You can shelf only 200 books (the last time I checked). To shelf more, you have to buy a membership. Now, like many out there, I'm not willing to buy one, at least not right now. Still if you are just starting your blogging life now, I believe it's a site you may want to have an account at. A good starting point for beginners, I believe :)

In My Opinion:

It's really not that easy to give verdict for anything from an objective point of view. I love Goodreads, I have used Riffle for a while, The Reading Room seems fine, and LT worked as a good starting point for me. But if I am to suggest a fellow reader or a someone who is willing to start blogging about books, upto this point, I would go for Booklikes. After Goodreads, this is the one site that I have been sticking to, and I never felt forcing myself to use it. As a beginner, you don't have to have anything else. Just sign up (totally free) for a Booklikes account. You'll have three pages by default- your timeline, shelf and blog. You don't have to maintain a separate blog and then cross post on your account like in Goodreads (though it has its perks). You can put reviews, participate in blog tour, or simply post your ranting (preferably bookish). Some of my friends who find it a hassle to maintain a blog and another book site account simultaneously have signed up for Booklikes and they seem to like the experience so far.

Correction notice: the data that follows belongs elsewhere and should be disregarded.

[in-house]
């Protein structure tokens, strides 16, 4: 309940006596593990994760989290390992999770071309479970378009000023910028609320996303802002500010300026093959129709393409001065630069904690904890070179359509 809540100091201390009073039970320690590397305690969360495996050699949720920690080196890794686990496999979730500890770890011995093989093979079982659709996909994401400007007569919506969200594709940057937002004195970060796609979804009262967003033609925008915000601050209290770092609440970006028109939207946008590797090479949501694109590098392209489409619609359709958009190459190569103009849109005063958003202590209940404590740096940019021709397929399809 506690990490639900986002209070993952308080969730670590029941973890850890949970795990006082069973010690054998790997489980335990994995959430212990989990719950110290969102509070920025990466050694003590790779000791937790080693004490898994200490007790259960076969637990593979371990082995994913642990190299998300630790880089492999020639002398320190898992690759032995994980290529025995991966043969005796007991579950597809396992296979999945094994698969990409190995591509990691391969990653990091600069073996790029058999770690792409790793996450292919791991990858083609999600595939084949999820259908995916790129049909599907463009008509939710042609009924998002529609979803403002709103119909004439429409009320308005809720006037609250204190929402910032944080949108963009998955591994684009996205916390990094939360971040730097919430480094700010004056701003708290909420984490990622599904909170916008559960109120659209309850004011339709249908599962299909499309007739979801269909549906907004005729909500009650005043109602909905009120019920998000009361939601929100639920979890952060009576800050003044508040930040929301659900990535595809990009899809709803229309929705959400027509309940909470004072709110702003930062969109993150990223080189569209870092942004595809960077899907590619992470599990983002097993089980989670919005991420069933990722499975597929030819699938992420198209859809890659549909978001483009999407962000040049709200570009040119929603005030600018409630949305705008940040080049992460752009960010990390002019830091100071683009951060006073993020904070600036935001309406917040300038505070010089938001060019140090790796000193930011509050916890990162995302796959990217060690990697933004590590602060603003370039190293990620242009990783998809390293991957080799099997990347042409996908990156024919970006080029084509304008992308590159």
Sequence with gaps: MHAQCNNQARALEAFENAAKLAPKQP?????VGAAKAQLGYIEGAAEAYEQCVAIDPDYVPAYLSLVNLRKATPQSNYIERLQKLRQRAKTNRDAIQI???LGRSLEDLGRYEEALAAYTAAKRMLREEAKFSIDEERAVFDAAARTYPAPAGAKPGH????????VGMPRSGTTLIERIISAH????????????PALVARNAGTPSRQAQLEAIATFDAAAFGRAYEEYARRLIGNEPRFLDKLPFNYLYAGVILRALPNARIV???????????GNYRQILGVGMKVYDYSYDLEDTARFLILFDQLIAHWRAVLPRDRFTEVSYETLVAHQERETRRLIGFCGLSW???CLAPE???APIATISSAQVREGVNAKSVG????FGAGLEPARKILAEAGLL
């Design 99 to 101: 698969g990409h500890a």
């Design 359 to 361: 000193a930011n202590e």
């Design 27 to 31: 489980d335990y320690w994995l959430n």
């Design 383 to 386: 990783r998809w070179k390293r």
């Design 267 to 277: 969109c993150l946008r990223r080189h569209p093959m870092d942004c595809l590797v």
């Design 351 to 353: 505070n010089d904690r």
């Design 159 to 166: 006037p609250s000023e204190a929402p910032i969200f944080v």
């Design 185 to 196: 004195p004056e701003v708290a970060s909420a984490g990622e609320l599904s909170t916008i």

Have you used any of these sites? What's your experience? Any special preference?
Want to learn more? Read this detailed article on 12 Alternatives to Goodreads.



If you think I can help you with any book/blogging issues, please feel free to ask using the Submit form.




Follow on Bloglovin

Will you take a few seconds to share?